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Longchen Rabjampa Drime Ozer (Klong-chen Rab-’byams-pa Dri-med ’od-zer), also known as Longchenpa (Klong-chen-pa), was born in 1308 in a village called Todrong (sTod-grong) located in Central Tibet and is regarded as one of Tibetan history’s most peerless Buddhist teachers and practitioners.

He was highly skilled and evidently highly intelligent from a young age, and his family practiced the Nyingma lineage, with his father – himself an accomplished spiritual practitioner – descending from direct students of Padmasambhava, and his mother hailing from the illustrious Drom (’Brom) clan, with ancestors such as Dromtonpa (’Brom-ston-pa), one of Atisha’s main disciples. Longchenpa received many teachings and initiations from his father, and by the age of ten, was well-versed in many complicated texts, such as the Prajnaparamita in Twenty Thousand Verses and the Prajnaparamita in Eight Thousand Verses.

At the age of twelve, Longchenpa left home to receive the novice monk ordination at Samye Monastery (bSam-yas dGon). His intellect was so sharp that he studied and wrote a commentary on the Vinaya (monastic rules of discipline), which was so well-received that by the age of fourteen, he is said to have actually started teaching the Vinaya to others. 

In 1327, at the age of nineteen, Longchenpa moved to Sangpu Neutog (gSang-phu Ne’u-thog), where he furthered his studies with the teachings of the Sakya and Kadam traditions. Over the next decade, Longchenpa studied various sutra and tantra teachings from over twenty masters, including the Third Karmapa (Kar-ma-pa Rang-’byung rdo-rje). Longchenpa was not only a great scholar, but an accomplished meditator. During retreats, he had visions of deities, including Manjushri and Sarasvati, as well as of Padmasambhava and Yeshe Tsogyal (Ye-shes mtsho-rgyal).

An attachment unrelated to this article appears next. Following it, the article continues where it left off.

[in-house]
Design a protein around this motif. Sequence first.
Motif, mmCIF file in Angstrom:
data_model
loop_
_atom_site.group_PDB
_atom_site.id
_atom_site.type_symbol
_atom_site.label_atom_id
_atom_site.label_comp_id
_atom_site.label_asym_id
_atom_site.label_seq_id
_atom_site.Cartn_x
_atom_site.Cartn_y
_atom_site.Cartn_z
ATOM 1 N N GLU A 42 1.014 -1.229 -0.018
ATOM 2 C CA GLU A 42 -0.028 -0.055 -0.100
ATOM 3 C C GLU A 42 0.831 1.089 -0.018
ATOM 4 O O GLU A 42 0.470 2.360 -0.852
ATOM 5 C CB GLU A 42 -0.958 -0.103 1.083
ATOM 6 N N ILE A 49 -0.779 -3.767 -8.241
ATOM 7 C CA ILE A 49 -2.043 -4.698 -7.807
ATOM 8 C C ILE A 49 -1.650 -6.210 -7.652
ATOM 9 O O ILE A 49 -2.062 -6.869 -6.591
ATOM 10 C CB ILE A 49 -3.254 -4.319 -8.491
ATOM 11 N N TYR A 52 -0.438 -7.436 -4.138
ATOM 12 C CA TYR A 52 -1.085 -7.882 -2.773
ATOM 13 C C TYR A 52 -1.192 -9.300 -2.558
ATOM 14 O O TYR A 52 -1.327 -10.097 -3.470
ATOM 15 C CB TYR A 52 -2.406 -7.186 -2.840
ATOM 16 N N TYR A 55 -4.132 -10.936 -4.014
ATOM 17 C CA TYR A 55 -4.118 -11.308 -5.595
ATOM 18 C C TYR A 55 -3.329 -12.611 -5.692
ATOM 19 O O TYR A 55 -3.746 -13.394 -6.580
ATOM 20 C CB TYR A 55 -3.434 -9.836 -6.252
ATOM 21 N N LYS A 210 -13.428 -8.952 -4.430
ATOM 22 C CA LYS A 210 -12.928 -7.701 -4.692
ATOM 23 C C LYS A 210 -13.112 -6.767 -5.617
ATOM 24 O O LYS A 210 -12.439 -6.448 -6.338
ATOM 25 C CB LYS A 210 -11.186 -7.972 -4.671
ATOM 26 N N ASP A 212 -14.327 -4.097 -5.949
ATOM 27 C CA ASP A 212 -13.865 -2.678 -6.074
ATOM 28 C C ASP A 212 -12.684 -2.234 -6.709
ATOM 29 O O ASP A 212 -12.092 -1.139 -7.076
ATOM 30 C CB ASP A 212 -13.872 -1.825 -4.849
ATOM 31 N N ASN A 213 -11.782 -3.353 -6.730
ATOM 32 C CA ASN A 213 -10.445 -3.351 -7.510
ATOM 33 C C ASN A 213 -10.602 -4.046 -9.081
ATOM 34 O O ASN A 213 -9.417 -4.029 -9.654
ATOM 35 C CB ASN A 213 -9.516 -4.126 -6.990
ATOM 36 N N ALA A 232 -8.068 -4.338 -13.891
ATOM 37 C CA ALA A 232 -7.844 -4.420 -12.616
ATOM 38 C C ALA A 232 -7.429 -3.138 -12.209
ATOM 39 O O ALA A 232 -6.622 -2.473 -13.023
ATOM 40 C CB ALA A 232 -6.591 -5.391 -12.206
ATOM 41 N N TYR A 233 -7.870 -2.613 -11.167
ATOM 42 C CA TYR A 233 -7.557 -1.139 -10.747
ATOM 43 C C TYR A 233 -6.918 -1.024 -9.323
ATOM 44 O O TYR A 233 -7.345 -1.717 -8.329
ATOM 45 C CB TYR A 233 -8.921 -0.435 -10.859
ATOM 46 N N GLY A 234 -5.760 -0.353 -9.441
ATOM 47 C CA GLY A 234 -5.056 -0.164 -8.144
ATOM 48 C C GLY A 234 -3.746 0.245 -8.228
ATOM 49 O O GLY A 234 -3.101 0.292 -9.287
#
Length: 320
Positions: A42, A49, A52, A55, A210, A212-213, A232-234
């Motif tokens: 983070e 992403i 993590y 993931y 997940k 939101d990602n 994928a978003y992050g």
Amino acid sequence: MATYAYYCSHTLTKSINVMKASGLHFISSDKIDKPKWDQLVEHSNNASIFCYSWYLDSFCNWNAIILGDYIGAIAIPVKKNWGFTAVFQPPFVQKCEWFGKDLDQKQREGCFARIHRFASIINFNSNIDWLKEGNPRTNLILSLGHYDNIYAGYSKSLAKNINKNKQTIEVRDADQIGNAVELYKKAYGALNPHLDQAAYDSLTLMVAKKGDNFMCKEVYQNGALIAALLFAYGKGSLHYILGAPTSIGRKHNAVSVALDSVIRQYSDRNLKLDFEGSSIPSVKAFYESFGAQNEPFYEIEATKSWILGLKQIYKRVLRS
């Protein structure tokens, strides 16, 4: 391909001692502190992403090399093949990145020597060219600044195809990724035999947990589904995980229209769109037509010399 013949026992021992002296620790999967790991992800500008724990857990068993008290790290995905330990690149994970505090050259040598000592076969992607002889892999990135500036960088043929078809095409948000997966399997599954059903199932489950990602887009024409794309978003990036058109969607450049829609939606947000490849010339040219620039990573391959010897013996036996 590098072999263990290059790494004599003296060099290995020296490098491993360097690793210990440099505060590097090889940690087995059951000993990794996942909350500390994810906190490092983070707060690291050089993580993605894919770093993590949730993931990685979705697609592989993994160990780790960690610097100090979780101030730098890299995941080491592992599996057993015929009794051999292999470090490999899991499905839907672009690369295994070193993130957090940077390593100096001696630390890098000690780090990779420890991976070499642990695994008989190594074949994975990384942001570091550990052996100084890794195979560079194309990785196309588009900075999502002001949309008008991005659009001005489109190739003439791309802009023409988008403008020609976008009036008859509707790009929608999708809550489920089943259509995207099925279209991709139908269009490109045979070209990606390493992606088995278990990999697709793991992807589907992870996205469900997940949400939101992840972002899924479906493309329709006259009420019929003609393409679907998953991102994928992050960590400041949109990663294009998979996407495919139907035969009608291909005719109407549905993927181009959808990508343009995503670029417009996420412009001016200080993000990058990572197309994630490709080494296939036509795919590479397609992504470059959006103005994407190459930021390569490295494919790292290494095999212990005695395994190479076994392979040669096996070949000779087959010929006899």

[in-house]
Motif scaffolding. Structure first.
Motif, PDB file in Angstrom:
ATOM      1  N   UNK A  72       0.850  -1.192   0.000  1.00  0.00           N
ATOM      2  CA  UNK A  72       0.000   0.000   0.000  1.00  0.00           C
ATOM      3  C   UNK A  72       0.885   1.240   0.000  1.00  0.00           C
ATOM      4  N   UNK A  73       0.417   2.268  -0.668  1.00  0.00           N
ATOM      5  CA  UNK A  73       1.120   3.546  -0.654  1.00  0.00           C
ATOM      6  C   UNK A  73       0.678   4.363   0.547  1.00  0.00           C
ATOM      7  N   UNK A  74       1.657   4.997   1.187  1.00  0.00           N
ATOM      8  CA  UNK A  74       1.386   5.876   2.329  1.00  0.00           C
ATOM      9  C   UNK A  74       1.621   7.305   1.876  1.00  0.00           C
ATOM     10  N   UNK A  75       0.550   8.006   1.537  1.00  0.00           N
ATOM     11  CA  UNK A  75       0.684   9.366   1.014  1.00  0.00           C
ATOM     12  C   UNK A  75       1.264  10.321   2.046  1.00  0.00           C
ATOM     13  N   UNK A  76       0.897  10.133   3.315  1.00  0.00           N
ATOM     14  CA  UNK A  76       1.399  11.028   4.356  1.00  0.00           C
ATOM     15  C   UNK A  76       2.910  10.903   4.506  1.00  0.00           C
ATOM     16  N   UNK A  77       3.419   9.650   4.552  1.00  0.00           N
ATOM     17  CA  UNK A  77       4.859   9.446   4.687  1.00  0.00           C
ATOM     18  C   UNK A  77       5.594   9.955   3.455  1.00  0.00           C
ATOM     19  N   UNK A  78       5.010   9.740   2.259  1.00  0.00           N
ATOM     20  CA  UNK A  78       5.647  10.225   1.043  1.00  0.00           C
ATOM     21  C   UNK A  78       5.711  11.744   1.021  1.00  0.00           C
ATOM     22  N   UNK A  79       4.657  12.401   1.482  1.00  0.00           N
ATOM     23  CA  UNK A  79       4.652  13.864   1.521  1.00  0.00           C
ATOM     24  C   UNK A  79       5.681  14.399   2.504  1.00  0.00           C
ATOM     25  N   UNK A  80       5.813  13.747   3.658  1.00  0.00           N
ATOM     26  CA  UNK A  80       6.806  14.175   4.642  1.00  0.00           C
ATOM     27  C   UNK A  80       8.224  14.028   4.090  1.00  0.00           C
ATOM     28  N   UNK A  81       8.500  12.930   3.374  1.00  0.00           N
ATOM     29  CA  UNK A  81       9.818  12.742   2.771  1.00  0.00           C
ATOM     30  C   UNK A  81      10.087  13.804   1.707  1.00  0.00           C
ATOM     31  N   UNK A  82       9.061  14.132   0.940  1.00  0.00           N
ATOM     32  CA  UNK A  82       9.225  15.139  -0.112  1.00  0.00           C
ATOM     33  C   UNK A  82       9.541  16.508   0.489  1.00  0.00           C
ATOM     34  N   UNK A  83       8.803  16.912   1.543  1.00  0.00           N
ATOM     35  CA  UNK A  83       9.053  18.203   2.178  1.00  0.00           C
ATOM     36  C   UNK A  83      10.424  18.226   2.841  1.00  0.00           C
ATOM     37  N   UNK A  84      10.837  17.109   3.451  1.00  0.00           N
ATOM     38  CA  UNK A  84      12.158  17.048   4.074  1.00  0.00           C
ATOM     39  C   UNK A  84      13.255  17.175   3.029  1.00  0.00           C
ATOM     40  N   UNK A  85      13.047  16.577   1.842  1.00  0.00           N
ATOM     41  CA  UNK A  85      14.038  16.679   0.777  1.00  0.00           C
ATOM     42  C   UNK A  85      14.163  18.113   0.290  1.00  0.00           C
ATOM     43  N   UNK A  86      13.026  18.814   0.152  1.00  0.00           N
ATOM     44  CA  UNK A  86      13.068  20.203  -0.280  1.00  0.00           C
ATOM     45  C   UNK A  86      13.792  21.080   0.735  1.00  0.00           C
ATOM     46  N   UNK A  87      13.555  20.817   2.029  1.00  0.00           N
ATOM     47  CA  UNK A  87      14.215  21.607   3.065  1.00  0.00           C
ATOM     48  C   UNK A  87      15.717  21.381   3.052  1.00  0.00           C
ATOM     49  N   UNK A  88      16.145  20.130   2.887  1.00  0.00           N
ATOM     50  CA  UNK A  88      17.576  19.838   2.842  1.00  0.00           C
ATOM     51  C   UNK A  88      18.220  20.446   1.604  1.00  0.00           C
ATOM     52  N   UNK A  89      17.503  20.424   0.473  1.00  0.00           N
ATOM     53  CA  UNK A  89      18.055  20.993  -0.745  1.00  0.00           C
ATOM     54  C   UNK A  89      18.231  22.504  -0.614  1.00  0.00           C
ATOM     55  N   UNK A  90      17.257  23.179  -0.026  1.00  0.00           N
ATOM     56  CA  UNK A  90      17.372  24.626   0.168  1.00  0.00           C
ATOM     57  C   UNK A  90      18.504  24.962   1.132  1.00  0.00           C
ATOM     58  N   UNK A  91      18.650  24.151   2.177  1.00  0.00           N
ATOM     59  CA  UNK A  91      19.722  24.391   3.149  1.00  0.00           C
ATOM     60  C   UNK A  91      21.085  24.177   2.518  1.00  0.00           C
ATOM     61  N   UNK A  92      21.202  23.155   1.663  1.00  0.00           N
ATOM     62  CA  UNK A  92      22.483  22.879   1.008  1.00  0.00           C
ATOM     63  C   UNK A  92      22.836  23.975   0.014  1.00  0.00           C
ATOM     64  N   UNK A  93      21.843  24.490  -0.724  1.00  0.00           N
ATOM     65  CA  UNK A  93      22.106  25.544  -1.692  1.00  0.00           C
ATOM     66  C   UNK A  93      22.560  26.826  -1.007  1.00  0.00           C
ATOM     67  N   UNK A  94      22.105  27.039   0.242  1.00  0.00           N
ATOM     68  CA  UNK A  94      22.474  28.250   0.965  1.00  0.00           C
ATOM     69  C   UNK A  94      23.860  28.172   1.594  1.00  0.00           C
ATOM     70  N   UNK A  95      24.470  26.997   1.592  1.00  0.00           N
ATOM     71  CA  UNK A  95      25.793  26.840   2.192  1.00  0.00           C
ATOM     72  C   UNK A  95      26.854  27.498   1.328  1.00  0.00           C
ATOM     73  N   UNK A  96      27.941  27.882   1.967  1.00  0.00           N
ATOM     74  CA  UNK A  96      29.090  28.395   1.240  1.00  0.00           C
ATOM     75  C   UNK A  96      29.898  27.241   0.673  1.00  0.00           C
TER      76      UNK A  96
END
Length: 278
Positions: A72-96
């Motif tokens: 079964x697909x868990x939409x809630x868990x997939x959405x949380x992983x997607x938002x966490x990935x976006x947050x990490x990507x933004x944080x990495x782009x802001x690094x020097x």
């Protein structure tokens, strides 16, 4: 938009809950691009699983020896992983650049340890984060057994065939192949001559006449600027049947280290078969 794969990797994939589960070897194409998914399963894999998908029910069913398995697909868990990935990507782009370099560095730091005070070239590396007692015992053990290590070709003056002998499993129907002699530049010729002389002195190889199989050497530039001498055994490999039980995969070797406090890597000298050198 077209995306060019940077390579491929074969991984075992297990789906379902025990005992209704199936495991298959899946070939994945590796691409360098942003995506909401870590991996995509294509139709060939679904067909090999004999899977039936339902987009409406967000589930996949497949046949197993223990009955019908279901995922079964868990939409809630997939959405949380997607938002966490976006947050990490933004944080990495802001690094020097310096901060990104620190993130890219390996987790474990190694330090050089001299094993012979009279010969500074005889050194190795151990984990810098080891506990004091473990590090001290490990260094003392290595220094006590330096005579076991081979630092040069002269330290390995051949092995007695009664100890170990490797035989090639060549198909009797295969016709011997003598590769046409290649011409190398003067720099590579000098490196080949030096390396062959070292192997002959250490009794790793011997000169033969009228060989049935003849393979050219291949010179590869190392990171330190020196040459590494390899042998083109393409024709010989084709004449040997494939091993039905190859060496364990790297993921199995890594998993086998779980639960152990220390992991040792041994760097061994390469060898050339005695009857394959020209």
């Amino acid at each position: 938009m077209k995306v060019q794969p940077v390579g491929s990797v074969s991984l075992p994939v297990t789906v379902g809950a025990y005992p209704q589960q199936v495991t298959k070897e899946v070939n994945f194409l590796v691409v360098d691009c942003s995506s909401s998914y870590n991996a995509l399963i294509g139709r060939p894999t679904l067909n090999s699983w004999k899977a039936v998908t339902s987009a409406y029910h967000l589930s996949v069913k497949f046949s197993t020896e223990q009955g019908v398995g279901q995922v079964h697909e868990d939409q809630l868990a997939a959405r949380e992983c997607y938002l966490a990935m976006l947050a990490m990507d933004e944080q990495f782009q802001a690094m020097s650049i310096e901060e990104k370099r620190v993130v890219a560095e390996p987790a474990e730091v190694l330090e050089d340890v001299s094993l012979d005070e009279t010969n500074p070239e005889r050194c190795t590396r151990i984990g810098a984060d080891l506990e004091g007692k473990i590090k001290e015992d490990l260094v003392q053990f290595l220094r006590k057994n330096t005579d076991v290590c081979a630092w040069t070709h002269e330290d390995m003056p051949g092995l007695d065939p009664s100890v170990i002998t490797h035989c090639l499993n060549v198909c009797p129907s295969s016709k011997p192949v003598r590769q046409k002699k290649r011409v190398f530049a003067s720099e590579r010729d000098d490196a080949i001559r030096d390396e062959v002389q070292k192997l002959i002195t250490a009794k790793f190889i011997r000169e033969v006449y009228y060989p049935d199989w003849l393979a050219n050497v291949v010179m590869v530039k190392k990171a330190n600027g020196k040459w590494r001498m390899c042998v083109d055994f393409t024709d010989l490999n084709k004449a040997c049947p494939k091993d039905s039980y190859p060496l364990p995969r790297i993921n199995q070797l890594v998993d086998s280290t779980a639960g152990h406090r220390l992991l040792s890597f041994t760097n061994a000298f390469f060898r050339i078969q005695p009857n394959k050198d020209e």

In his late twenties, Longchenpa met the dzogchen master Rigdzin Kumaradza (Rig-’dzin Ku-ma-ra-dza or Ku-ma-ra-ra-dza). This master took Longchenpa as his student and bestowed upon him the complete dzogchen teachings, especially those found in The Heart Essence Teachings of Vimalamitra (Bi-ma sNying-thig) and The Heart Essence Teachings of the Dakinis (mKha’-gro snying-thig). Longchenpa combined them with his own commentary, The Profound Further Essence (Zab-mo yang-thig), in his Four Branches of the Heart Essence Teachings (sNying-thig ya-bzhi). Among the many other texts he authored, The Seven Treasures (mDzod-bdun) are the among the most well-known. Further, he collected and organized all the dzogchen texts available at his time. The Southern Treasure Text Lineage (lHo-gter) traces from him.

In 1359, among political instability in Tibet, Longchenpa found himself exiled to Bhutan. In Bhutan, he travelled widely giving teachings and establishing small hermitages. Six years later, Longchenpa was allowed to return to Tibet, even giving teachings to the person who exiled him in the first place, Tai Situ Jangchub Gyaltsen (Tai Si-tu Byang-chub rgyal-mtshan). He passed away in 1364, at the age of 56.